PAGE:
Now, for the pitching.

#1 Starter – Felix Hernandez
#2 Starter – Michael Pineda
#3 Starter – Jason Vargas
#4 Starter – Empty
#5 Starter – Blake Beavan

Closer – Brandon League
RH Setup – Tom Wilhelmsen
LH Setup – Charlie Furbush
Middle – Shawn Kelley
Middle – Chance Ruffin
Middle – Josh Lueke
Long – Empty

Despite all the talk about pitching depth, the M’s actually have some problems on the pitching staff as well. Danny Hultzen and James Paxton are talented kids, and they might be options for the rotation in the second half of 2012, but you can’t count on them being able to carry a spot all season long. Behind Vargas, the team doesn’t really have any quality Major League starters, and they’ll likely need to add an starter this winter to fill out the rotation.

The bullpen could be mostly set except for one small fact – the team should be looking to trade Brandon League. Closers are generally overvalued, and headed into his final year before free agency, the M’s would be better off moving him and using his roughly $5 million salary elsewhere. Of course, they’re unlikely to hand the closer role over to any of the kids currently penciled into the setup roles right now, so moving League might necessitate a move for a reliever with a bit more experience who could be given the chance to close.

Put it all together, and the team is probably looking at needing to acquire a third baseman, a catcher, an LF/DH type, a starting pitcher, and maybe a solid reliever who they could make into a closer. Even if they move League and shed his salary, they’re still looking at something in the $20 million range in terms of budget flexibility, and they’d be looking at getting four players and a reliever for that.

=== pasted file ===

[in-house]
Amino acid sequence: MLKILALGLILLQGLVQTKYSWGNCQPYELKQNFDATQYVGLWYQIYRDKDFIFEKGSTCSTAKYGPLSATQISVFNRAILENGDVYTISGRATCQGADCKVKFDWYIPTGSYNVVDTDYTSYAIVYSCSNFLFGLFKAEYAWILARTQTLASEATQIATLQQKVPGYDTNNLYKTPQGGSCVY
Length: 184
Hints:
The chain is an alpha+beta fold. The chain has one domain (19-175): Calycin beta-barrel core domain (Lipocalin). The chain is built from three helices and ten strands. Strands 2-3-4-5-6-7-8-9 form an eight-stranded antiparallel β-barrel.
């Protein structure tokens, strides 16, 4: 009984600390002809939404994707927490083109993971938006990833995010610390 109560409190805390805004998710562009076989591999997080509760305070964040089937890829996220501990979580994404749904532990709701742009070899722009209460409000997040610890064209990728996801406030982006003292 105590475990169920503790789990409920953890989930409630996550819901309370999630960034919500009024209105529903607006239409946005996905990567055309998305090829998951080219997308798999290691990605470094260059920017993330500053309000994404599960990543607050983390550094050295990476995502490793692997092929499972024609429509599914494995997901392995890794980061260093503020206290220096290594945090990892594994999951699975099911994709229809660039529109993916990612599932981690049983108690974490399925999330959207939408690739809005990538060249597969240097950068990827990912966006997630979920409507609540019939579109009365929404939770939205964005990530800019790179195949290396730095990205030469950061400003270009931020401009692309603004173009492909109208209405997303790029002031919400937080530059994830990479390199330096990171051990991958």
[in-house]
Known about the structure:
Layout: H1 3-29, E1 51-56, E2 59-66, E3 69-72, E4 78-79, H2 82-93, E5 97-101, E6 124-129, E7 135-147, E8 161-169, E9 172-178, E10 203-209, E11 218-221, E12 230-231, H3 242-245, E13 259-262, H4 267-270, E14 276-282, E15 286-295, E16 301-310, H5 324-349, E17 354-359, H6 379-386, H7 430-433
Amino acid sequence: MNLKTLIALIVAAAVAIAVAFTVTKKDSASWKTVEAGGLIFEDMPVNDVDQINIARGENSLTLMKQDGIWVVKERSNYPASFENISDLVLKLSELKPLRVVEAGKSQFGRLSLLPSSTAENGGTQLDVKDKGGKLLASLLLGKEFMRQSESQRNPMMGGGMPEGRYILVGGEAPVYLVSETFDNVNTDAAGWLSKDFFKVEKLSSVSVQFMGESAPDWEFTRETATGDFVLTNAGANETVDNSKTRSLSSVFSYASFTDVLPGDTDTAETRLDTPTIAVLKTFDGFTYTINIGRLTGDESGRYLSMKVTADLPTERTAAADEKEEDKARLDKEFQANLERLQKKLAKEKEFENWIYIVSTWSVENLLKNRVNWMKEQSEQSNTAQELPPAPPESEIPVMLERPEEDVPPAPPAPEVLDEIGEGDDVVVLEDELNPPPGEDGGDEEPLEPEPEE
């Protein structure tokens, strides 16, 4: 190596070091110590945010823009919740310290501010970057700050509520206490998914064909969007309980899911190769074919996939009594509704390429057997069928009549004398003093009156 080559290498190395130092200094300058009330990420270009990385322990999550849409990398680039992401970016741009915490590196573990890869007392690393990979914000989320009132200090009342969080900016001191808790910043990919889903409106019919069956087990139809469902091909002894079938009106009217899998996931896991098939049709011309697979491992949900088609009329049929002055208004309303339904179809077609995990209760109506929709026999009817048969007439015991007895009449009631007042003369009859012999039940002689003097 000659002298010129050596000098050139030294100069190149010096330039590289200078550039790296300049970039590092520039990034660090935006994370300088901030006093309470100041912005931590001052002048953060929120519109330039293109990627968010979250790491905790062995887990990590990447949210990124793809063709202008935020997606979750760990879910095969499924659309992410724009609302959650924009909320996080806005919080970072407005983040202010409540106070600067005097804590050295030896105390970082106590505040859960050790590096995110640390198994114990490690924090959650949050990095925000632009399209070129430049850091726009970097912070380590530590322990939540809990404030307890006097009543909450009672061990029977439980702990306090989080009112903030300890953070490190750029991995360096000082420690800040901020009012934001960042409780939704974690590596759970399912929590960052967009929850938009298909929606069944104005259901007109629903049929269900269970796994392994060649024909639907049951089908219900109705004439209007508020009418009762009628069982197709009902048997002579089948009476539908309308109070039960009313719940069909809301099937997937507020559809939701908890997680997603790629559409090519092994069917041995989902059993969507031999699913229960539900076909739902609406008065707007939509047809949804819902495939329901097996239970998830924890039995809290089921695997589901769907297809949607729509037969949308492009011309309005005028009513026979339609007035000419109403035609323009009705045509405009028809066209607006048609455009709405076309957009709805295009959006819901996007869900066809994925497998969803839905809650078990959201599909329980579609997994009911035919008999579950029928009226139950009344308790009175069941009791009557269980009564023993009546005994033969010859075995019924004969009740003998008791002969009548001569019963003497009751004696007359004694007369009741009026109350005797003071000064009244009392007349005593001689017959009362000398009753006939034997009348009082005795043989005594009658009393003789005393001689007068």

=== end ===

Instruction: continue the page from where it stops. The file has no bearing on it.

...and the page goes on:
Obviously, just targeting free agents and throwing money at them isn’t going to work – you can’t get four Major League regulars and a potential closer for $20 million on the open market. The only way to get that kind of quantity of talent from the outside is to focus on trading for players whose salaries are not set by public bidding. Of course, teams aren’t exactly looking to move their cost-controlled young stars, so the M’s will have to get creative to pick up players who can fill these holes without busting the budget.

Over the next week or so, I’ll talk about a few of the guys I’d like to see the team target who could fit that profile, and what types of players they might be able to land to fill those spots and stay under budget.

Arizona Fall League Kicks Off Today

October 4, 2011 · Filed Under Mariners · 8 Comments 

The Arizona Fall League kicks off today at 11:35 as the M’s prospects with the Peoria Javelinas take on the Salt River Rafters. Not sure who’s getting the start, but I’d expect to see Danny Hultzen fairly soon.

You’ve seen JY’s write-up of the M’s prospects involved so you know what to watch for: how will Danny Hultzen do against more advanced hitters swinging less advanced bats? Is Adam Moore still ambulatory, because M’s catchers put up a combined OBP of .252, and… well, semi-ambulatory will do. Chih-Hsien Chang’s true talent lies somewhere between the .439 wOBA he put up in the Red Sox system this year and the .236 he had with the M’s, but we’d all love to see some signs that it’s closer to the former than the latter.